5.2.3 Colorimetric biosensors

Plenty of reports are available on colorimetric biosensors integrated with microfluidics, e.g., [27, 28, 96, 97, 98]; most of the reports highlighted the features of cost-effectiveness and miniaturization. Different from three other kinds of biosensors, the materials adopted for the integrated microfluidic structures are usually not PDMS, but paper for the majority and cloth in some researches. Currently majority of the researches focus on the applications in food safety [22, 27, 96] and heavy metal detection [67, 99, 100] in aqueous environment. The researches in the application of biological analytes are quite limited, due to the natures of analytes and bioreceptors and the environment conditions in order to keep the activities of both analytes and bioreceptors.

Fraser LA et al. [101] presented a malaria biosensor whereby aptamers are coated onto magnetic microbeads for magnet-guided capture, wash, and detection of the biomarker. A biosensor incorporating three separate microfluidic chambers was designed to enable such magnet-guided equipment-free colorimetric detection of PfLDH. The biosensor showed high sensitivity and specificity when detecting PfLDH using both in vitro cultured parasite samples and clinical samples from malaria patients.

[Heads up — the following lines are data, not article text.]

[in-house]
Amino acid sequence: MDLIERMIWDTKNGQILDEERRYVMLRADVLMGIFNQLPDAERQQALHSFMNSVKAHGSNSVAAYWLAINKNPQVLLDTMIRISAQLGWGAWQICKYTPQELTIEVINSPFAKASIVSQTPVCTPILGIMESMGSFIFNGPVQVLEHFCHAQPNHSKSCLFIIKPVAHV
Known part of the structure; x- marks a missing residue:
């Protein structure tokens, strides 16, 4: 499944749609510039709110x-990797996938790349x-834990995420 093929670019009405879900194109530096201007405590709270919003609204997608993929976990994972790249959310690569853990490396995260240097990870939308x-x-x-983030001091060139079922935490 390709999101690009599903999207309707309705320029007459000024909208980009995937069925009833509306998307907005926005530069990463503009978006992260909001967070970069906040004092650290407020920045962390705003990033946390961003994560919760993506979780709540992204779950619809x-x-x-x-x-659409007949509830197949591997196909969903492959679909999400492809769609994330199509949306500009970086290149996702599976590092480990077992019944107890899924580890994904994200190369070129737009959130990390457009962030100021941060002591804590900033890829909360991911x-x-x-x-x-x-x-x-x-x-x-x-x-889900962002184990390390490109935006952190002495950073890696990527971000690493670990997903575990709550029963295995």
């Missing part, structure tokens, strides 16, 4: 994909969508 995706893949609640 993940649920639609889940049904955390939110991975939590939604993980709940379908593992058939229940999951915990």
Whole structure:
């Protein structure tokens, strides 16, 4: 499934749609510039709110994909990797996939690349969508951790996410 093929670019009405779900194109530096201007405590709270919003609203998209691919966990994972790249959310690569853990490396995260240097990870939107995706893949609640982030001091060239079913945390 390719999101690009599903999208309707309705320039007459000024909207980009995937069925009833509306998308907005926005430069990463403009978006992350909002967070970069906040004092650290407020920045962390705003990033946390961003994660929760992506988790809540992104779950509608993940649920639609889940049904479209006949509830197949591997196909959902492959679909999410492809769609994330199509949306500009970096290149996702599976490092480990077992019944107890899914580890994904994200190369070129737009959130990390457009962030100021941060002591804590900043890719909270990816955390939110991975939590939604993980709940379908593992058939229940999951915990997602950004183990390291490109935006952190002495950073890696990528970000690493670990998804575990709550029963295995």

5.2.4 Piezoelectric biosensors

The research of piezoelectric biosensor integrated with microfluidics is quite underdeveloped so far. Possible reasons could be the lower sensitivity, poor biocompatibility, and complicated fabrication.

Yamaguchi M. [82] proposed a mass sensor based on mechanical resonance that incorporates a disk-shaped mechanical resonator, a separate piezoelectric element used to excite vibrations in the resonator, and a microfluidic mechanism. Electrical power is used to actuate the piezoelectric element, leaving the resonator free from power lines. This sensor was reported to be suitable to analyze the concentration of a salivary hormone, cortisol in human saliva samples.